At the time of the 1912 Olympics, international gynmastics was split among several schools. There was the Swedish, or Ling school; the Sokol, or Bohemian, school; and the German turnen, or European school. Each method had its supporters and the gymnastics community compromised by providing a team competition in three different systems at Stockholm - the European (German), the Swedish, and a Free System, with free choice of movements and apparatus. This would be repeated in 1920 at Antwerp, when the same three styles were used for three separate team events.
Individual gymnastics also had its exponents and its detractors. In particular, the Swedes did not like the idea of gymnastics as an individual competition, as it was against their basic concept of gymnastics. In 1908 the Swedish press did not publish the results of the individual gymnastics competition at London, as there were no Swedish participants. Still, the Swedish Olympic Committee agreed to organize an individual gymnastics event in Stockholm. In fact, at the 11th IOC Session (1910 in Luxembourg), the Swedish Olympic Committee revealed that they were not planning on conducting any competitive gymnastics but only displays. The Swedish Olympic Committee capitulated to the wishes of the IOC and agreed to organize competitive events.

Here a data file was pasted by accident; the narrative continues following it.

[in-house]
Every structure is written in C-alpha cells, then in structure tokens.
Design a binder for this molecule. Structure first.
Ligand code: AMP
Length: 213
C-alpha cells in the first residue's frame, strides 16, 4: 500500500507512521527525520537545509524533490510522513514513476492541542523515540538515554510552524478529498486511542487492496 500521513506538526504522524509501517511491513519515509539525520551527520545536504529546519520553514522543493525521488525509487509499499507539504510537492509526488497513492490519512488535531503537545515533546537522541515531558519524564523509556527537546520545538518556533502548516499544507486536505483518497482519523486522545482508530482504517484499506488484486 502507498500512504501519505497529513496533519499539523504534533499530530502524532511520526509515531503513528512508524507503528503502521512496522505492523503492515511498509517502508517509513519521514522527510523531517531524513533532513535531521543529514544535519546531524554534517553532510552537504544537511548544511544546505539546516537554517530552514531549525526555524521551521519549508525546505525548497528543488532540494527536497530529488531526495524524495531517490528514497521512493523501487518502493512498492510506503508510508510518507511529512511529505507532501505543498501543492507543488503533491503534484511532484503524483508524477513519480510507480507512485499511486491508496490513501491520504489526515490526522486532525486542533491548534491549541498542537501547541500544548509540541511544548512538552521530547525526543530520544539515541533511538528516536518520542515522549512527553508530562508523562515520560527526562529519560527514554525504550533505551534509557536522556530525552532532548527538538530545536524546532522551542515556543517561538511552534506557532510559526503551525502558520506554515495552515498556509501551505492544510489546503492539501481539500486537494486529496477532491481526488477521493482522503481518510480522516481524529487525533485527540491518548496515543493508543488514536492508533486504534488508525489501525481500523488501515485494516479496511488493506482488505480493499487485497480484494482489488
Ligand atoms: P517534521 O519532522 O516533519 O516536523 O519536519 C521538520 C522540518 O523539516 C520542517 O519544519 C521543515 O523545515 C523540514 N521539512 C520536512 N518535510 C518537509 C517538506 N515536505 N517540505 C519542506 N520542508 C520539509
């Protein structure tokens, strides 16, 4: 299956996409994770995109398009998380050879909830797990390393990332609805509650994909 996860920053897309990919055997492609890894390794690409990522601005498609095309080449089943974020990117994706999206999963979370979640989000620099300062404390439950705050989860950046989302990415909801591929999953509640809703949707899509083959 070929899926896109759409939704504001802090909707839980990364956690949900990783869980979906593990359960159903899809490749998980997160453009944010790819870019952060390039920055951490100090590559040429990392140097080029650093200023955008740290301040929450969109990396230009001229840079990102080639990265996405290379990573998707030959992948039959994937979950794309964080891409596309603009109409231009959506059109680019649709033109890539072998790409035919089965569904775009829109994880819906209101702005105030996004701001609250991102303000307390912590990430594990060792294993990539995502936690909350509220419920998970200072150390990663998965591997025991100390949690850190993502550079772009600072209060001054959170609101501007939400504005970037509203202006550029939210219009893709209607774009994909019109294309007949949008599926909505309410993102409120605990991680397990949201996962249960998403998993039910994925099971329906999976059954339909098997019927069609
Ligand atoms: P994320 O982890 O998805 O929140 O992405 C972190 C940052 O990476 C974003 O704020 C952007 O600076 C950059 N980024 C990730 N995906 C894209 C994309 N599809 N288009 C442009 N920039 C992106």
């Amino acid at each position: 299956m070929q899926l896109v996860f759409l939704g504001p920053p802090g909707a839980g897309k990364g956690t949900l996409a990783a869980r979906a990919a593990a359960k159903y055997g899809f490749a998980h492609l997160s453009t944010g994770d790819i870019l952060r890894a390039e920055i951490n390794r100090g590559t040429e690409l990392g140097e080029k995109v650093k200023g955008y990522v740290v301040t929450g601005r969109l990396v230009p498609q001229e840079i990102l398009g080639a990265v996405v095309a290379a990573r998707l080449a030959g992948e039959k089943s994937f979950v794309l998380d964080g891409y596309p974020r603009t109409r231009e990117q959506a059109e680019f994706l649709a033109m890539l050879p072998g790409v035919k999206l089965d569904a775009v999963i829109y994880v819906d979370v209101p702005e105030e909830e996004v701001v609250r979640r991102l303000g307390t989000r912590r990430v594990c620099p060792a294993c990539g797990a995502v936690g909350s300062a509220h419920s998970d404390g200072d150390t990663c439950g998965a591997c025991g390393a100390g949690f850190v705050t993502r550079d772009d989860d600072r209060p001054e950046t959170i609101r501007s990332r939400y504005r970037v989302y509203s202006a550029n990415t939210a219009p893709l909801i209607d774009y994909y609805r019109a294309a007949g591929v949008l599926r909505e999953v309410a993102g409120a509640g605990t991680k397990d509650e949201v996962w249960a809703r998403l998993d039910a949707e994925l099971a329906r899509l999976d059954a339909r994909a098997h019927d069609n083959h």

All of the Olympic gymnastics events were held outdoors in the Olympic Stadium, which was common in that era.
|Individual All-Around, Men||Olympic||12 July 1912||44||9|
|Team All-Around, European System, Men||Olympic||11 July 1912||91||5|
|Team All-Around, Free System, Men||Olympic||10 July 1912||101||5|
|Team All-Around, Swedish System, Men||Olympic||8 July 1912||74||3|
|249 (249/0)||12 (12/0)|
|Individual All-Around, Men||Alberto Braglia||ITA||Louis Ségura||FRA||Serafino Mazzarocchi||ITA|
|Team All-Around, Men||Italy||ITA||Hungary||HUN||Great Britain||GBR|
|Team All-Around, Free System, Men||Norway||NOR||Finland||FIN||Denmark||DEN|
|Team All-Around, Swedish System, Men||Sweden||SWE||Denmark||DEN||Norway||NOR|